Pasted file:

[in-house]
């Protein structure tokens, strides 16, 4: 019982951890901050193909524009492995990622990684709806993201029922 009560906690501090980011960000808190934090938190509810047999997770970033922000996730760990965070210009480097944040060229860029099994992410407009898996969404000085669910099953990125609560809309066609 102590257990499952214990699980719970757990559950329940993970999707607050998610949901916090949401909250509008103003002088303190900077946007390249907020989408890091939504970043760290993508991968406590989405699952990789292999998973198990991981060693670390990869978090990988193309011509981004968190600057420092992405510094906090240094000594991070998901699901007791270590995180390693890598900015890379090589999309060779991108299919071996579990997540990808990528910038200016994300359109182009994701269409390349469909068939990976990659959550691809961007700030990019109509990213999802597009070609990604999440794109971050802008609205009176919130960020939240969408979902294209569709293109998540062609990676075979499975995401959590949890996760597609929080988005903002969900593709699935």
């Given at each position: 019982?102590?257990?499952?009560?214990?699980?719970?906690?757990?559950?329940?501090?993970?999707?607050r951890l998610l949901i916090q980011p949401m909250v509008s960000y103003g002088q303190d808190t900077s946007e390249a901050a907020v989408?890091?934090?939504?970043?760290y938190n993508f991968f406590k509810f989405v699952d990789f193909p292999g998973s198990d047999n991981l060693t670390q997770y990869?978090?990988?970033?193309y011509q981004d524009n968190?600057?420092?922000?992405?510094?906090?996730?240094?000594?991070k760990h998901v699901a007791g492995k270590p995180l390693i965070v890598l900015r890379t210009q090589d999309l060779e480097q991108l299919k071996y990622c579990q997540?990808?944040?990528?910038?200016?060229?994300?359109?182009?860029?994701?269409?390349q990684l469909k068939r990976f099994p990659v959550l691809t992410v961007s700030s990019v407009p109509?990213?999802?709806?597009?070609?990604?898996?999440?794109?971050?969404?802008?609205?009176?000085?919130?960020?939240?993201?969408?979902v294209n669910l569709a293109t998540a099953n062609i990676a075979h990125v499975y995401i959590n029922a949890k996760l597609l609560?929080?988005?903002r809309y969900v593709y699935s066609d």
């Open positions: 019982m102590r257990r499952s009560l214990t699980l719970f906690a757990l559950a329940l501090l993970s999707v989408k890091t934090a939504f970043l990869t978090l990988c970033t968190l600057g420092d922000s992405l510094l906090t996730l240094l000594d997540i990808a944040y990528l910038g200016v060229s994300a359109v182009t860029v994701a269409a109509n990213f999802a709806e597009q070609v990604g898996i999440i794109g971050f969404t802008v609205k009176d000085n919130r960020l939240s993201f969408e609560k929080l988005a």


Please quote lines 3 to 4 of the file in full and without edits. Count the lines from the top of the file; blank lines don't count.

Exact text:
């Given at each position: 019982?102590?257990?499952?009560?214990?699980?719970?906690?757990?559950?329940?501090?993970?999707?607050r951890l998610l949901i916090q980011p949401m909250v509008s960000y103003g002088q303190d808190t900077s946007e390249a901050a907020v989408?890091?934090?939504?970043?760290y938190n993508f991968f406590k509810f989405v699952d990789f193909p292999g998973s198990d047999n991981l060693t670390q997770y990869?978090?990988?970033?193309y011509q981004d524009n968190?600057?420092?922000?992405?510094?906090?996730?240094?000594?991070k760990h998901v699901a007791g492995k270590p995180l390693i965070v890598l900015r890379t210009q090589d999309l060779e480097q991108l299919k071996y990622c579990q997540?990808?944040?990528?910038?200016?060229?994300?359109?182009?860029?994701?269409?390349q990684l469909k068939r990976f099994p990659v959550l691809t992410v961007s700030s990019v407009p109509?990213?999802?709806?597009?070609?990604?898996?999440?794109?971050?969404?802008?609205?009176?000085?919130?960020?939240?993201?969408?979902v294209n669910l569709a293109t998540a099953n062609i990676a075979h990125v499975y995401i959590n029922a949890k996760l597609l609560?929080?988005?903002r809309y969900v593709y699935s066609d």
């Open positions: 019982m102590r257990r499952s009560l214990t699980l719970f906690a757990l559950a329940l501090l993970s999707v989408k890091t934090a939504f970043l990869t978090l990988c970033t968190l600057g420092d922000s992405l510094l906090t996730l240094l000594d997540i990808a944040y990528l910038g200016v060229s994300a359109v182009t860029v994701a269409a109509n990213f999802a709806e597009q070609v990604g898996i999440i794109g971050f969404t802008v609205k009176d000085n919130r960020l939240s993201f969408e609560k929080l988005a």